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Oklahoma Sooners Spring Football Recap | Not Time To Panic On Running Backs Yet

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Limited action by the running backs in Oklahoma's spring game doesn't necessarily mean trouble for the fall.

Mark D. Smith - USA Today

It was presumed that Oklahoma's spring game would be a crucial opportunity for running back Alex Ross. With the progression of Keith Ford, and the arrivals of Joe Mixon and Samaje Perine this summer, it was believed that Ross would need to make a significant impression through the spring and then shine in the Red/White game to mark his spot in the hunt to be a significant player in Oklahoma's run game this fall.

The problem is that he only touched the ball three times in the spring game, tallying up just six rushing yards. At the onset (Disclaimer: I was guilty of this!) it looked as if Ross was in significant trouble when it comes to playing time this fall. However, upon further examination, the fact that Ross carried the ball fewer times than any of the other backs doesn't necessarily spell doom for the former Jenks standout.

The two names that everyone was keeping up with during the spring were Ross and Ford and, according to offensive coordinator Josh Heuple, they both had a solid spring. "I feel like both of those guys have progressed a long way this spring," Heupel said after the Red/White game. "They're both capable of getting into the open field and going the distance. They're both strong, physical runners. They've both caught the ball extremely well. They've made some strides during spring ball."

There you have it! Oklahoma's offensive coordinator has been pleased with the progress of the running backs, including Ross, this spring and said that he's improved. So why only three carries then? I've changed my opinion now to believe that it has nothing to do with the running back competition, understanding schemes and assignments, or where he is mentally. Instead it was all about the personnel on the field.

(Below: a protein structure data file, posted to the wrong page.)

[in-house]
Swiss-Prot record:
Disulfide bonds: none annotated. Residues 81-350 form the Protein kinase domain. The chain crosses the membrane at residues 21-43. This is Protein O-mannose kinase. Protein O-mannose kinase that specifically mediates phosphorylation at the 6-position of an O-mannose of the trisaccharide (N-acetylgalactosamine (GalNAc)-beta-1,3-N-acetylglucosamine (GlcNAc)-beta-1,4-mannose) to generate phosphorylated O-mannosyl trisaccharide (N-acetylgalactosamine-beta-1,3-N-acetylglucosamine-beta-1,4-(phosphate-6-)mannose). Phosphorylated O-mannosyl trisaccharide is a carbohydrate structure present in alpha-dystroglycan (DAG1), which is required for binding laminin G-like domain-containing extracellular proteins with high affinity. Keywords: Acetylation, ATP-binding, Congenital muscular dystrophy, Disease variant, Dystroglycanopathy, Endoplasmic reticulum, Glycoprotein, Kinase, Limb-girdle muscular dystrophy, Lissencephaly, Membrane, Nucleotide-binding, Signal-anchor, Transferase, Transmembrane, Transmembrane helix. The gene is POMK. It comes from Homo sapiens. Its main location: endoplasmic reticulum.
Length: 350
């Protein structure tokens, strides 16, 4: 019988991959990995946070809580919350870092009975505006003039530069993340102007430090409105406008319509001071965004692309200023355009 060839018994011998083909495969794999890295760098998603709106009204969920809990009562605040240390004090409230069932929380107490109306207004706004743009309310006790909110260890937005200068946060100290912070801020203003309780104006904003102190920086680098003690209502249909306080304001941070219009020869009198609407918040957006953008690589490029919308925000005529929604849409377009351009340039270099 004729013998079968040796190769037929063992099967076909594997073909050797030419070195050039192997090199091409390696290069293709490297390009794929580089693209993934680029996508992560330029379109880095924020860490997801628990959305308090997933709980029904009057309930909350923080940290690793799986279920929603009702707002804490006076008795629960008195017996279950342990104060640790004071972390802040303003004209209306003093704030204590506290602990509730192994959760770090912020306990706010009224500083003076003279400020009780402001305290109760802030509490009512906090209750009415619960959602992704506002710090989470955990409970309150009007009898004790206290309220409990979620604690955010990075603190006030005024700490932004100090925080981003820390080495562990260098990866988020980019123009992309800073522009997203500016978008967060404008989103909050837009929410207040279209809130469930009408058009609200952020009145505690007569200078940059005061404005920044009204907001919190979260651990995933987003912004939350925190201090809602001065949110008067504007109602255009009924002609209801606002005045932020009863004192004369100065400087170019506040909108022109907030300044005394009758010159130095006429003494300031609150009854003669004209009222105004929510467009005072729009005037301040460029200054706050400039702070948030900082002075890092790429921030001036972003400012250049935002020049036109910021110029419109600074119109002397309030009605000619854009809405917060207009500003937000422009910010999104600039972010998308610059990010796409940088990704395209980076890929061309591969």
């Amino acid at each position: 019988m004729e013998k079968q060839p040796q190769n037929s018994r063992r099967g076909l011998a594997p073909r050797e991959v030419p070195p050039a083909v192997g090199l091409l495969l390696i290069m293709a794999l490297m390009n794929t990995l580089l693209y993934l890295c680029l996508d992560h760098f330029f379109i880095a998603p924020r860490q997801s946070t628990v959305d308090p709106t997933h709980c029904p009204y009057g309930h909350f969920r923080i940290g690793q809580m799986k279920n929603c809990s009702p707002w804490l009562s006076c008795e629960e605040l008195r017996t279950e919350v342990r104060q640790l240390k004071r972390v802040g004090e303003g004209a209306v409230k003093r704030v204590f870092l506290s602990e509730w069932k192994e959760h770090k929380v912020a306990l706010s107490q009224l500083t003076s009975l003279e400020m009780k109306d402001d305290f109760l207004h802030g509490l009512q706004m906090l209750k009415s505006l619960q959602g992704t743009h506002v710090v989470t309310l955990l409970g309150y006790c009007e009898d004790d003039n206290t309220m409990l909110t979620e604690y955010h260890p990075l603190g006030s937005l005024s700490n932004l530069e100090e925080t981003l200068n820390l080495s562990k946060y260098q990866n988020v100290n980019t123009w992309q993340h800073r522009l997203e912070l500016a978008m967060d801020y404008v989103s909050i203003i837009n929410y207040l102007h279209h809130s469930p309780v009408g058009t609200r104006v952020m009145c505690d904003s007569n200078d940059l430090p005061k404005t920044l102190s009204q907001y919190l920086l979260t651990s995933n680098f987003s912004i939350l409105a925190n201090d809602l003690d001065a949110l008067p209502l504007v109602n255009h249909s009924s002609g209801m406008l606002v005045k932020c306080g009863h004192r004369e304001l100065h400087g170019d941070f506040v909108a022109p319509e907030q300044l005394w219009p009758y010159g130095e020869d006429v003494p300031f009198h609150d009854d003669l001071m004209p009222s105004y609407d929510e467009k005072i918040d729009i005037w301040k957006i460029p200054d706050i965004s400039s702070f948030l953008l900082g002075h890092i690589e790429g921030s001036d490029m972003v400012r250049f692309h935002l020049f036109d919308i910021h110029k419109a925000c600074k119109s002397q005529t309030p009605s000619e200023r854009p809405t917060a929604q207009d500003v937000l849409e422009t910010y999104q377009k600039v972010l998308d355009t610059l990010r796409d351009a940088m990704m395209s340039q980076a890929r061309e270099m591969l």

Guards Adam Shead and Nila Kasitati and tackle Tyrus Thompson all sat out the spring game, leaving a group of inexperienced and up and comers to go up against a defensive line that was dominant at the end of last season. My thought is that the coaches already knew what they had in Ross and that they weren't going to gain any new insights during the spring game. Thus Ross had the limited carries, with Ford and getting the feature role and Daniel Brooks and David Smith getting the opportunity to get knocked around by the defense.

Nothing really makes perfect sense in deciphering the Oklahoma running backs situation but this theory has merit and makes a lot more sense than Ross is just done and out of the competition. Bob Stoops even gave some validation to this theory when he was asked if any of the running backs separated themselves from the group in the spring game. "No, not today," Stoops replied. "Again, it's hard to in that we have so many linemen out right now. Bottom line, we are going to play two or three of them regardless. They're all going to play, that's just how we do it. For sure, two of them at our pace and the number of snaps we get to have to play. Anyway, those guys will keep progressing."

The battle for reps and significant time will start in June when players get involved in their summer conditioning workouts. Leadership is always built through the summer months, and so is the competitive edge. The Sooners like to run their backs in rotation and 2014 won't be an exception. If Alex Ross isn't involved in that then it will most likely have more to do with the summer competition than anything that happened in the spring.